Will the Real Grilled Cheese Please Stand Up?

Grilled cheese. Those two words conjure up melty, gooey images of gustatory comfort. A homey salve, the ultimate rainy day lunch, a perfect companion to a bowl of hot soup. But why is it "grilled" cheese and not "fried" or "toasted?"

Grilled halloumi
Halloumi: the real grilled cheese. (Kim O'Donnel)

The interesting use of the word didn't occur to me until this week, when I set out to grill cheese - on a grill. I had long heard about the uniquely cook-able qualities of halloumi, a cheese from Cyprus.

Made from a mixture of sheep's and goat's milk (and sometimes cow's milk), halloumi is made in similar fashion to mozzarella, in which curds are soaked in water. When eaten out of the package, it has the mouth feel of Armenian string cheese (remember that as a kid?) -- slightly salty, a little chewy and a fibrous/ropy texture. The flavor is mild but perhaps because of its texture, yields a bit more character than mozzarella. At times, I thought I was eating smoked provolone.

Unlike cheddar or gruyere (or whatever you like in your "grilled cheese" sandwich), halloumi doesn't melt into a pile of goo when heated. It gets nice and brown on the outside (in fact, it yields beautiful grill marks!), but stays solidly intact, resembling a boneless chicken breast or an egg-white omelette. In fact, in Cyprus, halloumi is a common breakfast item, often served with watermelon.

At last night's grillfest, we enjoyed it with a tomato-basil salad, grilled onions, olives and crusty bread to make an ad-hoc sandwich. A few drops of balsamic vinegar was thrown on one piece, a spritz of lemon on another. Fresh oregano was the perfect garnish.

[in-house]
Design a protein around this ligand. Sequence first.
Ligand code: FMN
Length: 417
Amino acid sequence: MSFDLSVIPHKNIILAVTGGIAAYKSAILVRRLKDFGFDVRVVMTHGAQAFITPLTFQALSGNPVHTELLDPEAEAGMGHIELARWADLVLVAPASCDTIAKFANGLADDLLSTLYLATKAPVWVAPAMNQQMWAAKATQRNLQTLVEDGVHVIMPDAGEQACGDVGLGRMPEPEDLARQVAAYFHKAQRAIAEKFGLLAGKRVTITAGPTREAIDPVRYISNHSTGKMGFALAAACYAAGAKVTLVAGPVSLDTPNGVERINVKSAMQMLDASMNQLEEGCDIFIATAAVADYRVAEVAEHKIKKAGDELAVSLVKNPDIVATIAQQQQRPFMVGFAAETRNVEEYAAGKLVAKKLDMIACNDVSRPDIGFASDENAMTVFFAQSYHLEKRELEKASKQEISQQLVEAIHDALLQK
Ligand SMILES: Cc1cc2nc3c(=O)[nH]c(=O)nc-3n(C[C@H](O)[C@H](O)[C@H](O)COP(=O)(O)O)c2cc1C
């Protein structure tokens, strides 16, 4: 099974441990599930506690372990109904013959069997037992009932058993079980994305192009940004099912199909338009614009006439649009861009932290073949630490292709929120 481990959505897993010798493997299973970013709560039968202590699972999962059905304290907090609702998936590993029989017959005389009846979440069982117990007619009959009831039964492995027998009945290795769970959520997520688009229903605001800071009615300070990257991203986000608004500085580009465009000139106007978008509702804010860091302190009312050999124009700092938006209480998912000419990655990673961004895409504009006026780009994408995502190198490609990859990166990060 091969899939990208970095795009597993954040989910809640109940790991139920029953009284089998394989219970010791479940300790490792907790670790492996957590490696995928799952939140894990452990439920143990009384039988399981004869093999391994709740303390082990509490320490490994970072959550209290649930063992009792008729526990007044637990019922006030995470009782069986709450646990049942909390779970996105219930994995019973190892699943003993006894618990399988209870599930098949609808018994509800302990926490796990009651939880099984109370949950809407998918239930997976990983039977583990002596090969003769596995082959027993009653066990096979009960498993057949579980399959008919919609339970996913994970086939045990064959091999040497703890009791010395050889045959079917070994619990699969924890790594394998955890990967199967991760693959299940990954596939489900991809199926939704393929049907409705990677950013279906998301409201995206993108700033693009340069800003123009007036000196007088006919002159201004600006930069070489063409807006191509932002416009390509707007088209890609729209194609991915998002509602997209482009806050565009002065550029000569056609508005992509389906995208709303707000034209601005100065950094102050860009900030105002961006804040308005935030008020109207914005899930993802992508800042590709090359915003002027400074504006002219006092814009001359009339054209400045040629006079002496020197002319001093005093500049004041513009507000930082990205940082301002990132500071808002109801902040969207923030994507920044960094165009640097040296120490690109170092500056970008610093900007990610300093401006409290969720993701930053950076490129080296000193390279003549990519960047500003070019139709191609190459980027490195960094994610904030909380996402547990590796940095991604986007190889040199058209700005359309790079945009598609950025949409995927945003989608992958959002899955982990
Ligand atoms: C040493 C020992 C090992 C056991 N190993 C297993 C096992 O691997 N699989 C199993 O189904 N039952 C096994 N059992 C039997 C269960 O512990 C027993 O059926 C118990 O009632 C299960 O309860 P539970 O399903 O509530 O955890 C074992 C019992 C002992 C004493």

Here's how to make real grilled cheese: Prepare grill and wait until it cools down to medium (not quite hot enough for cooking meat). Brush grill grate with oil, and brush a small amount on each side of slice of halloumi, about ½-inch thick. (Anything thinner will eventually melt down and stick.)

Ninety seconds is all the first side needs to earn beautiful grill marks. Turn over with tongs and allow to cook for another 2 minutes or so. Eat immediately, while still warm; otherwise the halloumi becomes almost plastic in texture.

This is a fun grilling adventure. Requiring little grill time and kitchen prep, halloumi is mild enough to marry with all kinds of accompaniments, from olives to roasted peppers. The grilled flavor really comes through and it's much lighter fare than a hunk of creamy brie.

One note of warning: When grilled, halloumi makes a squeaking noise while you chew, a jarring experience at first.

Where to find it? Try Meditteranean-friendly markets such as Lebanese Taverna Market in Arlington, Mediterranean Bakery and Café in Alexandria and Mediterranean Deli in Tenleytown. I've also found it at Whole Foods, and I think I might inquire at your local Trader Joe's.

Let me know what you think! Or share your favorite ways of eating and serving halloumi.

By Kim ODonnel |  July 21, 2006; 1:03 PM ET Flames